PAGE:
Track Review: Hatchie ‘Keep’
California beach dream pop meets high school party.
If the genre existed, “Keep” from Hatchie’s 2019 debut album Keepsake would be a chart topper for “California beach dream pop.”
It uses reverb similar to that on the 2010 Best Coast track “Boyfriend,” along with bold drums and upbeat guitar. These combined musical tools help Hatchie reimagine the same West Coast pop that makes you want to drive down the Pacific Coast Highway in the summertime with the windows down.
When you consider the movement of the song over its almost five minute duration, you may recall a Friday night high school party. The night typically begins on a strong note with you getting ready with friends and sneaking a sip or two of something cheap.
The song mimics this as it opens with dark synth, guitar and loud drums, instantly transporting you back to 80s pop.
Then there’s the party itself, complete with even more cheap alcohol, awkward dancing, and brainstorming for a convincing lie to tell your parents when they ask why you missed curfew.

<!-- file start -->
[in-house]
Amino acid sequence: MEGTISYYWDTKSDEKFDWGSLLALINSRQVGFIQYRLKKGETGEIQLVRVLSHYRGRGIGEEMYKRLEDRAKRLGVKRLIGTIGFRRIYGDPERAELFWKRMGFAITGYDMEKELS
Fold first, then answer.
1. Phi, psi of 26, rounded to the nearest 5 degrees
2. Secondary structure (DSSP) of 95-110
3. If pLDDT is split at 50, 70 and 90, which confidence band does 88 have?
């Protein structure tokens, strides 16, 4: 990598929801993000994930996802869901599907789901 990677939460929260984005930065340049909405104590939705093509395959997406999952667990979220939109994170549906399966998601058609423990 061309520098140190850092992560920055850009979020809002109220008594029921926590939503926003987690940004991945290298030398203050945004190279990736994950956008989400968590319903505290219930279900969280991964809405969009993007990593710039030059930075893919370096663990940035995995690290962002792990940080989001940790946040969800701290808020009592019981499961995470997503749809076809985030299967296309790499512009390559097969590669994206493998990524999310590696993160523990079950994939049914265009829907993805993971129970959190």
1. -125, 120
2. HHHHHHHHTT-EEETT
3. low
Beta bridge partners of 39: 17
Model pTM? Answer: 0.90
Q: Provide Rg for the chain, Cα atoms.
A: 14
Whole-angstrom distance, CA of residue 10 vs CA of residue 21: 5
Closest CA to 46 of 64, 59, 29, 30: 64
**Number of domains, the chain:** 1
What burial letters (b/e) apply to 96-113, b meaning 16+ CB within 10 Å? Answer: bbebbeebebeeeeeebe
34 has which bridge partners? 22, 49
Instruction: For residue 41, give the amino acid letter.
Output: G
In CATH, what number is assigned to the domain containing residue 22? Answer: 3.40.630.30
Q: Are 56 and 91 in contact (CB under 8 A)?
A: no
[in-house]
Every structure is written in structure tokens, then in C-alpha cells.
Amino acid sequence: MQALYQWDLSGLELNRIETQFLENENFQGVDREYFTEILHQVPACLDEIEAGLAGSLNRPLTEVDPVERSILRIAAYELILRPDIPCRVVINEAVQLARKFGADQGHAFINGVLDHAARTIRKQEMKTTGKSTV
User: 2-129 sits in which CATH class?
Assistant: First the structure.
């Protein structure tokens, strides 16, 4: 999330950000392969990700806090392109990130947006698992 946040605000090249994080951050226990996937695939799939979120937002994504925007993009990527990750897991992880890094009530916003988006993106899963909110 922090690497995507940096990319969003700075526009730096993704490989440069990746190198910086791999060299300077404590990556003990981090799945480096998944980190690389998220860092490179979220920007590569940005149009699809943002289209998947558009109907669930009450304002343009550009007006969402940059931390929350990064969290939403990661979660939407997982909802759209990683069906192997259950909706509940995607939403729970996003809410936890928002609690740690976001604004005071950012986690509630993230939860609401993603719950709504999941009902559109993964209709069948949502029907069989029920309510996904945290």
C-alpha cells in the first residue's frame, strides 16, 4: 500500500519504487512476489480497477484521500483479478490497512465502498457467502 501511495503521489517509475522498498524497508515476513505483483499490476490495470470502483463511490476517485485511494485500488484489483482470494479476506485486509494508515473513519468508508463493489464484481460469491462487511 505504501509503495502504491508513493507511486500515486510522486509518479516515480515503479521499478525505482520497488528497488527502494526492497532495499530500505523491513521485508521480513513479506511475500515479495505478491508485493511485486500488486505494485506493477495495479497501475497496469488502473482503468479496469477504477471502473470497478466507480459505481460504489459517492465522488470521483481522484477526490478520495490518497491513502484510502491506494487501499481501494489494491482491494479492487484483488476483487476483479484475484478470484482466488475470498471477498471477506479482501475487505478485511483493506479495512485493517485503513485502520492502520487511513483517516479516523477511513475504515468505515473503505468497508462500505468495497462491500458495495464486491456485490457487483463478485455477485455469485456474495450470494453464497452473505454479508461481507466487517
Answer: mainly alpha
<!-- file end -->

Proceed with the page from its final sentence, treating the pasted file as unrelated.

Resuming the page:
The music slightly quiets down when Hatchie first comes in, but the excitement kicks back up right before the chorus where lagging electric guitar get its moment to shine before the boastful drums make their return. She sings “But you keep your cool, any color/ I’d be a fool for any other.”
The song’s only downfall is that the lyrics are somewhat difficult to understand. The loud instruments and vocal modification create an interesting contrast, but nearly drowns Hatchie out. It really does the song a disservice because the lyrics are quite introspective and sort of grim.
The mismatched lyrics and sound create yet another layer of contrast. In fact, the first verse reads “If you’d said I’d still be here a year ago/ I would have told you telling lies is bad for souls/ Imagine all the stories left untold/ If we’d kept our wildest dreams on hold.”
It may not be a stand out song under the oversized alternative umbrella, but it does showcase Hatchie’s musical talent and consideration for mood. She creates a sense of nostalgia on this closer that even current high school freshman will recognize when those four years come to an end and they walk away from their final party sweaty and satisfied.
Be careful before pressing play on this one though. Just as quickly as the noise morphs to silence when you walk out of the party, the song quickly kicks off at max volume.
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